But while southern Afghans, in my view, are not fostering the current Taliban resurgence, some of them are making room for it. The main reason they are doing so is not ideological, but practical: They are deeply frustrated with the post-Taliban government. Far from serving or protecting them, it seems just as hostile to their legitimate interests as the Taliban are.


Even before I arrived in Kandahar, in December, 2001, I was worried about what kind of government would replace the Taliban regime. For it seemed that U.S. officials were ushering discredited warlords into positions of power, though the Afghan people wanted nothing of them, and gave President Hamid Karzai a resounding mandate to expel them from the body politic. In 2002 and 2003, the U.S. government prevented Mr. Karzai from moving against these warlords, and then he, discouraged, gave up trying. The result is a government that is devoured by corruption, with offices up for sale, and officials whose entire motivation is to extract money and favours from their countrymen.


Safia Ama Jan, unfortunately, was one of those, and so her death is very emblematic indeed. She used her office to monopolize money earmarked for Kandahar women, pocketing much of it and using the rest to favour exclusively the members of her own ethnic group. Afghans currently dread interaction with officials like Safia Ama Jan. Bribes are extracted for the least administrative task; soldiers manhandle people or shake them down; principals steal humanitarian assistance earmarked for their students.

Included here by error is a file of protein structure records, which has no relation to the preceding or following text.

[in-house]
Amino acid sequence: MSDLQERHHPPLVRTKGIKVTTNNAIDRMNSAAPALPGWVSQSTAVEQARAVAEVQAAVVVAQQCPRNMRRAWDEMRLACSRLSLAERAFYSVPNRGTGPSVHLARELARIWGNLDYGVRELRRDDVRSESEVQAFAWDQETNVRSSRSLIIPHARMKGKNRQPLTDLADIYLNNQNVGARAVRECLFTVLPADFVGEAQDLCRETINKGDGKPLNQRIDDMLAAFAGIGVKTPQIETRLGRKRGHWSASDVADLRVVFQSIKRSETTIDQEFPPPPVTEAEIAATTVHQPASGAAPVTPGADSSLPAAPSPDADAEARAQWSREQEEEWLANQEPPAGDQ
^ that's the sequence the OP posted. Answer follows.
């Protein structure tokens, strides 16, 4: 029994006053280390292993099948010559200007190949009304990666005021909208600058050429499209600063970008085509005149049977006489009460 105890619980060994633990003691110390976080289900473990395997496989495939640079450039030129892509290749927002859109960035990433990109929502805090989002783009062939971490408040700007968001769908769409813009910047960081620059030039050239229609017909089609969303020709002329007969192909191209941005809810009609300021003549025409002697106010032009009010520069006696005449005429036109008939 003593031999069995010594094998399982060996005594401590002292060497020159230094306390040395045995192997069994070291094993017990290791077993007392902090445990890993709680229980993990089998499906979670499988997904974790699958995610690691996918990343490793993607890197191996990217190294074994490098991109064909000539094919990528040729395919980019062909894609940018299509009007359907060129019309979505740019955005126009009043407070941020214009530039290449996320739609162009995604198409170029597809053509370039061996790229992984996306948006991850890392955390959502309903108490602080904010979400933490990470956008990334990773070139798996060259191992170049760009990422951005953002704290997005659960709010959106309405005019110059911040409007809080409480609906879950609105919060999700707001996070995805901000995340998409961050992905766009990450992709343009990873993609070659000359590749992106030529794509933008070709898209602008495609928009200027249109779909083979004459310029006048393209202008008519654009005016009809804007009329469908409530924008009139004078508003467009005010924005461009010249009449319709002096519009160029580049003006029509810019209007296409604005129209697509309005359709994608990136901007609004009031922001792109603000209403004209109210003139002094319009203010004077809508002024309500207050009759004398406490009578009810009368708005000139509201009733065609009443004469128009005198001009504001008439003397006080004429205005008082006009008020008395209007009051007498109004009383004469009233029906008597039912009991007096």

"We are like a man trying to balance on two watermelons," said Zarghona, a member of my co-operative, this summer. "The Taliban prey upon us at night, and the government preys upon us in the daytime."


We, the residents of southern Afghanistan, are deeply grateful for the presence, the courage, and the sacrifice of the Canadian troops. They are protecting us from the invading Taliban. Without them, it is clear, I could not return to Kandahar in November. But the Canadian presence is not sufficient. Unless the Afghan government cracks down on its own corruption and brutality, placing itself truly at the service of its people, villagers will keep making room for Taliban.


If I were Prime Minister Stephen Harper, I would make this point in no uncertain terms to President Karzai. I would instruct my people on the ground in Kandahar to demand accountability from provincial officials, and sensitivity to the needs of their people. I would be firm with Pakistani President Pervez Musharraf, making it clear that friendship with Canada will depend on concrete steps to curtail Taliban activity in southern Afghanistan. Finally, I would have a few words with my friend George W. Bush. President Bush treated the recent joint visit to Washington by Presidents Karzai and Musharraf as a form of entertainment.


In fact, the survival of one of their countries (Afghanistan) is at stake. In fact, Pakistan continues actively to harbour terrorists. In fact, U.S. taxpayer money, granted to Pakistan, is helping finance the "insurgents" who are killing Canadian soldiers. If I were Prime Minister Harper, I would be furious.

Sarah Chayes, founder of Arghand, a soap-making co-operative in Kandahar, is author of The Punishment of Virtue: Inside Afghanistan After the Taliban.